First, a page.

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Hunter v. Green

United States District Court, Ninth Circuit

August 8, 2013

BENNY HUNTER, Petitioner,
LISA GREEN, Respondent.


JENNIFER L. THURSTON, Magistrate Judge.

Petitioner is a state prisoner proceeding in propria persona with a petition for writ of habeas corpus pursuant to 28 U.S.C. § 2254. Petitioner filed the instant petition on April 18, 2013. (Doc. 1).


After conducting a preliminary screening of the habeas petition, the Court, on May 3, 2013, issued an order requiring Petitioner to file a first amended petition within thirty days. (Doc. 4). At that time, the Court express that it appeared from the allegations that Petitioner was in pre-conviction detention, that he had yet to be convicted of a criminal offense, that it was unclear what federal constitutional claims Petitioner was raising, that he had not alleged that he had previously exhausted his claims in state court, that the petition named an improper respondent, thus depriving the Court of jurisdiction, and that he had provided insufficient information for the Court to determine whether the petition was timely. The order to amend was promptly served on Petitioner. To date, over three months have passed, yet Petitioner has not responded to the Court's order to amend in any way.


District courts have the inherent power to control their dockets and "in the exercise of that power, they may impose sanctions including, where appropriate... dismissal of a case." Thompson v. Housing Auth. , 782 F.2d 829, 831 (9th Cir. 1986). A court may dismiss an action, with prejudice, based on a party's failure to prosecute an action, failure to obey a court order, or failure to comply with local rules. See, e.g., Ghazali v. Moran , 46 F.3d 52, 53-54 (9th Cir. 1995)(dismissal for noncompliance with local rule); Ferdik v. Bonzelet , 963 F.2d 1258, 1260-61 (9th Cir. 1992) (dismissal for failure to comply with an order requiring amendment of complaint); Malone v. U.S. Postal Service , 833 F.2d 128, 130 (9th Cir. 1987)(dismissal for failure to comply with court order).

In determining whether to dismiss an action for lack of prosecution, the court must consider several factors: (1) the public's interest in expeditious resolution of litigation; (2) the court's need to manage its docket; (3) the risk of prejudice to the Respondents; (4) the public policy favoring disposition of cases on their merits; and, (5) the availability of less drastic alternatives. Henderson v. Duncan , 779 F.2d 1421, 1423 (9th Cir. 1986); Carey v. King , 856 F.2d 1439 (9th Cir. 1988).

The Court finds that the public's interest in expeditiously resolving this litigation and the Court's interest in managing the docket weigh in favor of dismissal, as this case has been pending since April 18, 2013. The third factor, risk of prejudice to Respondent, also weighs in favor of dismissal, since a presumption of injury arises from the occurrence of unreasonable delay in prosecuting an action. Anderson v. Air West , 542 F.2d 522, 524 (9th Cir. 1976). The fourth factor - public policy favoring disposition of cases on their merits - is greatly outweighed by the factors in favor of dismissal discussed herein. Finally, a court's warning to a party that failure to obey the court's order will result in dismissal satisfies the "consideration of alternatives" requirement. Ferdik v. Bonzelet , 963 F.2d at 1262; Malone, 833 at 132-33; Henderson , 779 F.2d at 1424. The Court's order of May 24, 2005, expressly stated: "Petitioner is forewarned that his failure to comply with this order may result in an Order of Dismissal or a Recommendation that the petition be dismissed pursuant to Local Rule 110." (Doc. 4, p. 10). Thus, Petitioner had adequate warning that dismissal would result from his noncompliance with the Court's order. Moreover, Local Rule 110 provides that a "failure of counsel or of a party to comply with these Local Rules or with any order of the Court may be grounds for the imposition by the Court of any and all sanctions... within the inherent power of the Court."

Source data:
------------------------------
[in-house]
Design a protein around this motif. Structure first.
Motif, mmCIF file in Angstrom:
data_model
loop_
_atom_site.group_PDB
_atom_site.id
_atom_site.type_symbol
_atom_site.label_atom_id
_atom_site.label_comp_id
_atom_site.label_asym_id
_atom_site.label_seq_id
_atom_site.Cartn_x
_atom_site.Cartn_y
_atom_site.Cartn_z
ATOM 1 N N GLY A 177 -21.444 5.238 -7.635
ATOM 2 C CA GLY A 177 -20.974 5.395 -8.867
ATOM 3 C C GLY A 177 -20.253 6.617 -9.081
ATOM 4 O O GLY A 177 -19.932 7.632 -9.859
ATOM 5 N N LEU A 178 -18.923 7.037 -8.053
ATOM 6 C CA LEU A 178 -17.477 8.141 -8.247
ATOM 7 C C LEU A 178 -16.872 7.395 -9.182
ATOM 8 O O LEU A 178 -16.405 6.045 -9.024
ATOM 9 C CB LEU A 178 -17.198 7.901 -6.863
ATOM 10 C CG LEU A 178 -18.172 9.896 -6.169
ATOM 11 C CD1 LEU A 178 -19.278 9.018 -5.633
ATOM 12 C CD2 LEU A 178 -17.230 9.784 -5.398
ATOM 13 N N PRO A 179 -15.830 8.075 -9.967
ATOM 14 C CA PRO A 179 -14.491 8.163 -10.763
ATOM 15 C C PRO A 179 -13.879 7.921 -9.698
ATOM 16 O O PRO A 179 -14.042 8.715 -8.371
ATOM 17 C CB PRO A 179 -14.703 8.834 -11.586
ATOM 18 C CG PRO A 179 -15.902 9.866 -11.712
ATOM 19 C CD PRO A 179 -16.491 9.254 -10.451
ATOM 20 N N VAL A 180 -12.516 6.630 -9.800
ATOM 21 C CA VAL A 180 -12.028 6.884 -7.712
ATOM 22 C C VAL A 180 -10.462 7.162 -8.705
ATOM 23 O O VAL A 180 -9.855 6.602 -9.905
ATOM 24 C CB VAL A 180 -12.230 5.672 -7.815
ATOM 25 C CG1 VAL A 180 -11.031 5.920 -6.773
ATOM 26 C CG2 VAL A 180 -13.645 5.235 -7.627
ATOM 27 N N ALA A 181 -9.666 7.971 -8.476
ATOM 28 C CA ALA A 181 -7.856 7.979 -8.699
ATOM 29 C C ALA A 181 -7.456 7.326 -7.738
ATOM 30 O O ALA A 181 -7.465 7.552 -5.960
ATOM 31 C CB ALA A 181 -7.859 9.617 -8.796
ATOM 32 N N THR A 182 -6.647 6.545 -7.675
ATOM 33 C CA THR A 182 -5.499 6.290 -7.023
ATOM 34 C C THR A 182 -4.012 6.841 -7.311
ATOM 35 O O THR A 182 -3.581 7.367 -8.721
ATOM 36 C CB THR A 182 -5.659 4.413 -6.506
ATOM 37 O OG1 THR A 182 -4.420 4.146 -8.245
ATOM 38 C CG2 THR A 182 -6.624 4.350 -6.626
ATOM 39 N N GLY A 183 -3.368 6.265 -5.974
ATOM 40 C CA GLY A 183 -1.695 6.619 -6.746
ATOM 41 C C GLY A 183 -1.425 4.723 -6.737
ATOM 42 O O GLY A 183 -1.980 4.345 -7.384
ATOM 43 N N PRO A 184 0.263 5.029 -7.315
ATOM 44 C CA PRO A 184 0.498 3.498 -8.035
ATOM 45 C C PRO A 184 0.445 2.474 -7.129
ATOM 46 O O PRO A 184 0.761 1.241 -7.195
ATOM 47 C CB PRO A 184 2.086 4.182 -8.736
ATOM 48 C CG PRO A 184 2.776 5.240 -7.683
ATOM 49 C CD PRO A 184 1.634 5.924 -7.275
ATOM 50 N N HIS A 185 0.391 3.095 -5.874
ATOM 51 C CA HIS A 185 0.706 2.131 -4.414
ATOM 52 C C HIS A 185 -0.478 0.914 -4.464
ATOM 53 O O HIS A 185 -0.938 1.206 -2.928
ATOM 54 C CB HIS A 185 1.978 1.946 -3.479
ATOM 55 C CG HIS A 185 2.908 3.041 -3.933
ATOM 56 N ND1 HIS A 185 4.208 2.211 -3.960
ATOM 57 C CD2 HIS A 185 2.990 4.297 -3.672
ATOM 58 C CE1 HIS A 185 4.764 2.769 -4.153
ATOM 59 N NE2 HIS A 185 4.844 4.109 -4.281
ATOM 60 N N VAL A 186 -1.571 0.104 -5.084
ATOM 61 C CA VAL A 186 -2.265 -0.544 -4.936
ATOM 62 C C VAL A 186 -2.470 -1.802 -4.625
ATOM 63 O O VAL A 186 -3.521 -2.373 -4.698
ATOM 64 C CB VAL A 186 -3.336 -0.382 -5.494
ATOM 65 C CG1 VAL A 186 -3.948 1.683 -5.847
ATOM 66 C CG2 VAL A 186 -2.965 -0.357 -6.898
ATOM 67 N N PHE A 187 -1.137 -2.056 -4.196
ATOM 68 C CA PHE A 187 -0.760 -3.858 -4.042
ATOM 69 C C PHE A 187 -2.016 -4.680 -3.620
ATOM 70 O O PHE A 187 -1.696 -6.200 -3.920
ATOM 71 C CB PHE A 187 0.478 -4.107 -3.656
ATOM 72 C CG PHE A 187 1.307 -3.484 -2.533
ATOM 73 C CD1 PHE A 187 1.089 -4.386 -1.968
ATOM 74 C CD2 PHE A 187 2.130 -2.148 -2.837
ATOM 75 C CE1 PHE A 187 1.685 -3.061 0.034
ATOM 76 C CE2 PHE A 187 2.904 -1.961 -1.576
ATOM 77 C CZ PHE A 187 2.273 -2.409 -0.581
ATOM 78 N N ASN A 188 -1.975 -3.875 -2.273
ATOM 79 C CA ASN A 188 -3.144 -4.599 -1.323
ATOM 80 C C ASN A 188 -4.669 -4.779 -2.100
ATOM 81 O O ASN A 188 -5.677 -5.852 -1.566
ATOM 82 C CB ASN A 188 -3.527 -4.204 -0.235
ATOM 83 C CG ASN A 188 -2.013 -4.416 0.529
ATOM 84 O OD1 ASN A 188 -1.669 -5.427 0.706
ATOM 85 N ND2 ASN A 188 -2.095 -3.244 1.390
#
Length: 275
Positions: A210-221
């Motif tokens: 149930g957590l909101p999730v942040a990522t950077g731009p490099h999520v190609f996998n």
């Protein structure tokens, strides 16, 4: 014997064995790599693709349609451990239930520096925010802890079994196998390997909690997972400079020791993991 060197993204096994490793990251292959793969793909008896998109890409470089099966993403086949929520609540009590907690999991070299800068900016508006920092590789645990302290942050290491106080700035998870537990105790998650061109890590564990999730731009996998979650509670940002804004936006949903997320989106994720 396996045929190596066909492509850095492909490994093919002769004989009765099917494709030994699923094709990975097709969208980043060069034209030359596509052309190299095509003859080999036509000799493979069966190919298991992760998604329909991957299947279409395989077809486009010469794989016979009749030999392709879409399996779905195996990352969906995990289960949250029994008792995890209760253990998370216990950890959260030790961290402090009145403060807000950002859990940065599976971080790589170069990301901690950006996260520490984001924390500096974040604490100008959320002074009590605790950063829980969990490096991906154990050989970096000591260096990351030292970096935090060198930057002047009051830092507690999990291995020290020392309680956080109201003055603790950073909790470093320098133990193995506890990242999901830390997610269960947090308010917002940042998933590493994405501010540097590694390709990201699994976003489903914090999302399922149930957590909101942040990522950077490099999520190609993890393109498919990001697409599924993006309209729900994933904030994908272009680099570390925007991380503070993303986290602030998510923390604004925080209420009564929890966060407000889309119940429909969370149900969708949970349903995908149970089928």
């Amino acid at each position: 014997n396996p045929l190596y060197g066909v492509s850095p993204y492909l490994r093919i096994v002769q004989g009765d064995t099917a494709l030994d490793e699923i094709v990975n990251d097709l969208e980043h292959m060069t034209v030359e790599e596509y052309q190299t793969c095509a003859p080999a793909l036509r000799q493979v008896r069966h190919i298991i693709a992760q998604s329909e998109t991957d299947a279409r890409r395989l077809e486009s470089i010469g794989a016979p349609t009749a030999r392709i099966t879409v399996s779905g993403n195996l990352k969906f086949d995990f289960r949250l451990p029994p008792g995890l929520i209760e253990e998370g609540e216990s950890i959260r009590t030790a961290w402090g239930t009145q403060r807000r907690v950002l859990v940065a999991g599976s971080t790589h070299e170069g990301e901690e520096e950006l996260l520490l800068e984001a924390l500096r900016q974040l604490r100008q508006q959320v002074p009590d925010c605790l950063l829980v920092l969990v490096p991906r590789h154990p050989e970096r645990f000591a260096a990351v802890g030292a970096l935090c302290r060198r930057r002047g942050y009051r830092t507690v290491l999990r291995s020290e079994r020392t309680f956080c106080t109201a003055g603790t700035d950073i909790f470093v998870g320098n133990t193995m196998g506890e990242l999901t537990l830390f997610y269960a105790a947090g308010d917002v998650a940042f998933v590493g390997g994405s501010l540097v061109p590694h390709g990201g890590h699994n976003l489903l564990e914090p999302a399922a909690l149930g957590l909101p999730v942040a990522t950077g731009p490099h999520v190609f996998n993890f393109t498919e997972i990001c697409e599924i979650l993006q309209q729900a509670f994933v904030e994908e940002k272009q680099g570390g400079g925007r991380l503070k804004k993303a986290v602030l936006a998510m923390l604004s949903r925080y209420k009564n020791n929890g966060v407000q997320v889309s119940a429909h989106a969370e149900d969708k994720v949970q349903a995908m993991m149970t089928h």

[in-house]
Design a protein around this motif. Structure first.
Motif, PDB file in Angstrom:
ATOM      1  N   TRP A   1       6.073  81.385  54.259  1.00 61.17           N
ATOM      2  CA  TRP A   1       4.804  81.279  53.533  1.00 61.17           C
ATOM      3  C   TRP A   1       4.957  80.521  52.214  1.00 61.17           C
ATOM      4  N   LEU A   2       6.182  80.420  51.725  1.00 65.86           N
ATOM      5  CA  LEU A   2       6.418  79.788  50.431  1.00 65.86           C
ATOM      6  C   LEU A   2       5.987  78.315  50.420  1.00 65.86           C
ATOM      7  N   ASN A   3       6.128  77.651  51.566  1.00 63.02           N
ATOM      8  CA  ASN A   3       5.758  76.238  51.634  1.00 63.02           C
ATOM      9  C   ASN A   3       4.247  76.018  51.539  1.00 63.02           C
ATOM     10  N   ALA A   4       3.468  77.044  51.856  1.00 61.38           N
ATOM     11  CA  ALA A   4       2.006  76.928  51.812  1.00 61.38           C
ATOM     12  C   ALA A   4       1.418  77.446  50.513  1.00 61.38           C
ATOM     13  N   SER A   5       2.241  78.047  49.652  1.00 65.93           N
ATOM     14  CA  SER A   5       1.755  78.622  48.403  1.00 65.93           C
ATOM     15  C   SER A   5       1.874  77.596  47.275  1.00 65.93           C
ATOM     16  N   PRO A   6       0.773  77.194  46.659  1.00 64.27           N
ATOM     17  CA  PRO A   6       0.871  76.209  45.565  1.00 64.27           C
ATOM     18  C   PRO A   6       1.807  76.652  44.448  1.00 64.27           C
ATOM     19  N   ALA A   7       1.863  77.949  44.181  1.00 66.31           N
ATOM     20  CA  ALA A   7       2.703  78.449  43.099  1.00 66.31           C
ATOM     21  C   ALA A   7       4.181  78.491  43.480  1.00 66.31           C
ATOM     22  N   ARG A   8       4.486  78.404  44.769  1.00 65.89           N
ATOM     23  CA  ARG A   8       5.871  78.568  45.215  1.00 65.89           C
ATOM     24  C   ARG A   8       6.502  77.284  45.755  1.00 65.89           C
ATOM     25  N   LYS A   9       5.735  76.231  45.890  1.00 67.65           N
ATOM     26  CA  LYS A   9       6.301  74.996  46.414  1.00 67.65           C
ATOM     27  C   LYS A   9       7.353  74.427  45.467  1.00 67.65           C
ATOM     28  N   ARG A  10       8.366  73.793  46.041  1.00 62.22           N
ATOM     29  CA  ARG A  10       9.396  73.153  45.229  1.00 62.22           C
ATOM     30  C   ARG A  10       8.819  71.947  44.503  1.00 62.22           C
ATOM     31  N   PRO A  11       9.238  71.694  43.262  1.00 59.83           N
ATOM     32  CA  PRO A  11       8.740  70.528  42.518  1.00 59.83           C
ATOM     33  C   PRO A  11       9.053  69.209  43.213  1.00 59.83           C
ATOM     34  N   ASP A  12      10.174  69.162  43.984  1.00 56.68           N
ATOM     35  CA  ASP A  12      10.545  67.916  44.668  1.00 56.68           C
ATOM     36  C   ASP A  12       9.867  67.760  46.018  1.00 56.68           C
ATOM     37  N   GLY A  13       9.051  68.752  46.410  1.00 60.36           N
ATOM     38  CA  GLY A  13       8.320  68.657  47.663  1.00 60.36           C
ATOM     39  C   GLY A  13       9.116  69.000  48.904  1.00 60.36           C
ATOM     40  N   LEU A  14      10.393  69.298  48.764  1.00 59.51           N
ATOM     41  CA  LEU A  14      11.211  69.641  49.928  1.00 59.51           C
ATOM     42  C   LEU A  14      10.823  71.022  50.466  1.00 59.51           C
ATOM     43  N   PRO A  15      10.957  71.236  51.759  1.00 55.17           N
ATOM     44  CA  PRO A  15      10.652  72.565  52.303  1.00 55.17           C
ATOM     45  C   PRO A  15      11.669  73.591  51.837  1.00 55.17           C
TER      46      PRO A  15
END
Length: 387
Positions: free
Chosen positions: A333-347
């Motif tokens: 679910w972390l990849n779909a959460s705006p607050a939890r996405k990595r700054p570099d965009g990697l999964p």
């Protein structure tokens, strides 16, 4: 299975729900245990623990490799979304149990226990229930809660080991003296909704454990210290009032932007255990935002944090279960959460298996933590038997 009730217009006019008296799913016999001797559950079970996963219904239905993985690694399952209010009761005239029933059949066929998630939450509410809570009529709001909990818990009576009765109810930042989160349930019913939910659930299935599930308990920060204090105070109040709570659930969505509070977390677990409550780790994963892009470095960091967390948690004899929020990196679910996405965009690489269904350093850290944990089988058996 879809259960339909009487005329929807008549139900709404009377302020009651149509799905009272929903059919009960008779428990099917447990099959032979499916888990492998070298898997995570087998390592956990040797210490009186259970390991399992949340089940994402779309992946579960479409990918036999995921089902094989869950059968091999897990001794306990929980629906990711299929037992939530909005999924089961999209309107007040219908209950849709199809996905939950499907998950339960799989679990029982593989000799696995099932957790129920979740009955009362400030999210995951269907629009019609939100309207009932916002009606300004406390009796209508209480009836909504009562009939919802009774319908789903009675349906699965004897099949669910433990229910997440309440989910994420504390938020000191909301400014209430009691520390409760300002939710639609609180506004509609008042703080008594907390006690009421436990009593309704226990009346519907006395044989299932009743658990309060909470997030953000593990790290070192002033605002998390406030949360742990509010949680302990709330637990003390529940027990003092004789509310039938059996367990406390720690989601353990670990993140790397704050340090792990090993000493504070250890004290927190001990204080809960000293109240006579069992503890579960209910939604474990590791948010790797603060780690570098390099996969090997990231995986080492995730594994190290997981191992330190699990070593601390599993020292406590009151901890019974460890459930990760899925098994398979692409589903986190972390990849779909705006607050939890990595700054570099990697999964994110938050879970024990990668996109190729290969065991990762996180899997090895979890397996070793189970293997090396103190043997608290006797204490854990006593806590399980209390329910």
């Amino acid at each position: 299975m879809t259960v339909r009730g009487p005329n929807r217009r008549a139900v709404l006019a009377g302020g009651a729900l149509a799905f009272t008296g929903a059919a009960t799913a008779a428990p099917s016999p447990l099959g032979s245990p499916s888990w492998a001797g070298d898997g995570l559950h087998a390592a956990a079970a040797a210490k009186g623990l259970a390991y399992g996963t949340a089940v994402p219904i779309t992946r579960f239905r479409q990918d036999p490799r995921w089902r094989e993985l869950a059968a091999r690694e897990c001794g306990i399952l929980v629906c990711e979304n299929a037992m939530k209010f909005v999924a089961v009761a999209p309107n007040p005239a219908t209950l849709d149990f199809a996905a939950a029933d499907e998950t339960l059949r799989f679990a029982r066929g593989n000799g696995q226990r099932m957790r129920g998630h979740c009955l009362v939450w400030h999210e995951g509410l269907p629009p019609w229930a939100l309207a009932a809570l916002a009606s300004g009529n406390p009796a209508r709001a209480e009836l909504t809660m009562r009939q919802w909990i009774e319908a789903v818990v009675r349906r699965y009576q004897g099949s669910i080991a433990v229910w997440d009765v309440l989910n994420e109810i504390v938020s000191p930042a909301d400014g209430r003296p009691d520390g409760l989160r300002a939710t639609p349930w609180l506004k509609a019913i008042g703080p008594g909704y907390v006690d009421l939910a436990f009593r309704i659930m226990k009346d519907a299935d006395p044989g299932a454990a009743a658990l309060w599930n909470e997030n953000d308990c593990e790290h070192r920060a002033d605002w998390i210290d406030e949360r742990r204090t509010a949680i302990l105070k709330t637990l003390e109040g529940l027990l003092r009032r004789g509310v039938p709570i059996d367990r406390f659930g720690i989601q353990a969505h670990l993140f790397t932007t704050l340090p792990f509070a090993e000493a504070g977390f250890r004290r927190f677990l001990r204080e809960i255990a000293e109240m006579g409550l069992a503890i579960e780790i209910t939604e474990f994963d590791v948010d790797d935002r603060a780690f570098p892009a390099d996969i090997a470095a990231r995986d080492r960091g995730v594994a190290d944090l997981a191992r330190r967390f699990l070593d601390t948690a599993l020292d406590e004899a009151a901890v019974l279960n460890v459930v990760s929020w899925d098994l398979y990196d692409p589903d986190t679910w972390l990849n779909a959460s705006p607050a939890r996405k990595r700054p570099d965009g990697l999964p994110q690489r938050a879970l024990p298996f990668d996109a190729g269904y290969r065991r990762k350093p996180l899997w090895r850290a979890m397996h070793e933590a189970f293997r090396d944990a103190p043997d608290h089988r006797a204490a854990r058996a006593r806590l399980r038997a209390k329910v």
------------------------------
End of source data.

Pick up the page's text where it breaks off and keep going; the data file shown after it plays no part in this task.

From the foregoing chronology and analysis, it is apparent that Petitioner has not prosecuted this case in good faith and with diligence, and is therefore in violation of the Court's own Local Rules as well as the minimum federal standards for prosecuting cases in the District Court. Accordingly, the Court will recommend that the petition be dismissed for failure to prosecute.


Accordingly, the Court HEREBY RECOMMENDS that the petition for writ of habeas corpus (Doc. 1), be DISMISSED for Petitioner's failure to prosecute.

This Findings and Recommendation is submitted to the United States District Court Judge assigned to the case pursuant to the provisions of 28 U.S.C. § 636 (b)(1)(B) and Rule 304 of the Local Rules of Practice for the United States District Court, Eastern District of California. Within twenty-one (21) days after being served with a copy, any party may file written objections with the Court and serve a copy on all parties. Such a document should be captioned "Objections to Magistrate Judge's Findings and Recommendations." Replies to the objections shall be served and filed within ten (10) court days (plus three days if served by mail) after service of the objections. The Court will then review the Magistrate Judge's ruling pursuant to 28 U.S.C. § 636 (b)(1)(C). The parties are advised that failure to file objections within the specified time may waive the right to appeal the District Court's order. Martinez v. Ylst , 951 F.2d 1153 (9th Cir. 1991).


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